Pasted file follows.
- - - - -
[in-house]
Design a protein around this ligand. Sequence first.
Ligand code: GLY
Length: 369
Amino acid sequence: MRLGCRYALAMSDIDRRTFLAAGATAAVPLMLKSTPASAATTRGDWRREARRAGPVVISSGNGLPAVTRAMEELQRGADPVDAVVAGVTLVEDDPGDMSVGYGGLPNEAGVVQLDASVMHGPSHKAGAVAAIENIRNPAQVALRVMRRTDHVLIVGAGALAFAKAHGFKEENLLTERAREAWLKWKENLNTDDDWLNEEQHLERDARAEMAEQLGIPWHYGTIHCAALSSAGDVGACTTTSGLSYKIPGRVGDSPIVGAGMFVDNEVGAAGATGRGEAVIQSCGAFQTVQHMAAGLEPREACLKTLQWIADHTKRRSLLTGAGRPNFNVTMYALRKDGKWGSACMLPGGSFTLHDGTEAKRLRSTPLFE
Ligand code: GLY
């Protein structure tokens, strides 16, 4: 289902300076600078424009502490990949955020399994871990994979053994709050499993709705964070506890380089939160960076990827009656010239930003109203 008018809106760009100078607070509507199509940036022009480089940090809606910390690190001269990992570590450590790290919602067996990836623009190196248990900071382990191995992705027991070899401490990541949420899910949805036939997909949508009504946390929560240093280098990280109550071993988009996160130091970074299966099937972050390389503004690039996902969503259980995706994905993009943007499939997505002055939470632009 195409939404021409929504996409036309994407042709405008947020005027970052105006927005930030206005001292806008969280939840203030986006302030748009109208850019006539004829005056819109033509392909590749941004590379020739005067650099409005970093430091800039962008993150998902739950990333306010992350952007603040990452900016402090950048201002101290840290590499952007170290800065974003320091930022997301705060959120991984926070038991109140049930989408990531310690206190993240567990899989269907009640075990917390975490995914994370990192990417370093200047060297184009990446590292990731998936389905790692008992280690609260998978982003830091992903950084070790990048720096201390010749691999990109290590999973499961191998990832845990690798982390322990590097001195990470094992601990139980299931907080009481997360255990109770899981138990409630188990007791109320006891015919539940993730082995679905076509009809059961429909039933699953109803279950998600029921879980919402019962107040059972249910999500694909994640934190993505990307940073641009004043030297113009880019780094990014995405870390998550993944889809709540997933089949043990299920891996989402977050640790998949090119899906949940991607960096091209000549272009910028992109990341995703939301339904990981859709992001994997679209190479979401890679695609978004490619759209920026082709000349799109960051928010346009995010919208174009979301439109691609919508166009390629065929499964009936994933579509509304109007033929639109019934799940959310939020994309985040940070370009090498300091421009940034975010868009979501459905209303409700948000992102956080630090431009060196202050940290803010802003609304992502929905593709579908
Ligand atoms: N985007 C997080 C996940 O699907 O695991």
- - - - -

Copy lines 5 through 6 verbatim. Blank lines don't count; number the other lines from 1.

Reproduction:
Amino acid sequence: MRLGCRYALAMSDIDRRTFLAAGATAAVPLMLKSTPASAATTRGDWRREARRAGPVVISSGNGLPAVTRAMEELQRGADPVDAVVAGVTLVEDDPGDMSVGYGGLPNEAGVVQLDASVMHGPSHKAGAVAAIENIRNPAQVALRVMRRTDHVLIVGAGALAFAKAHGFKEENLLTERAREAWLKWKENLNTDDDWLNEEQHLERDARAEMAEQLGIPWHYGTIHCAALSSAGDVGACTTTSGLSYKIPGRVGDSPIVGAGMFVDNEVGAAGATGRGEAVIQSCGAFQTVQHMAAGLEPREACLKTLQWIADHTKRRSLLTGAGRPNFNVTMYALRKDGKWGSACMLPGGSFTLHDGTEAKRLRSTPLFE
Ligand code: GLY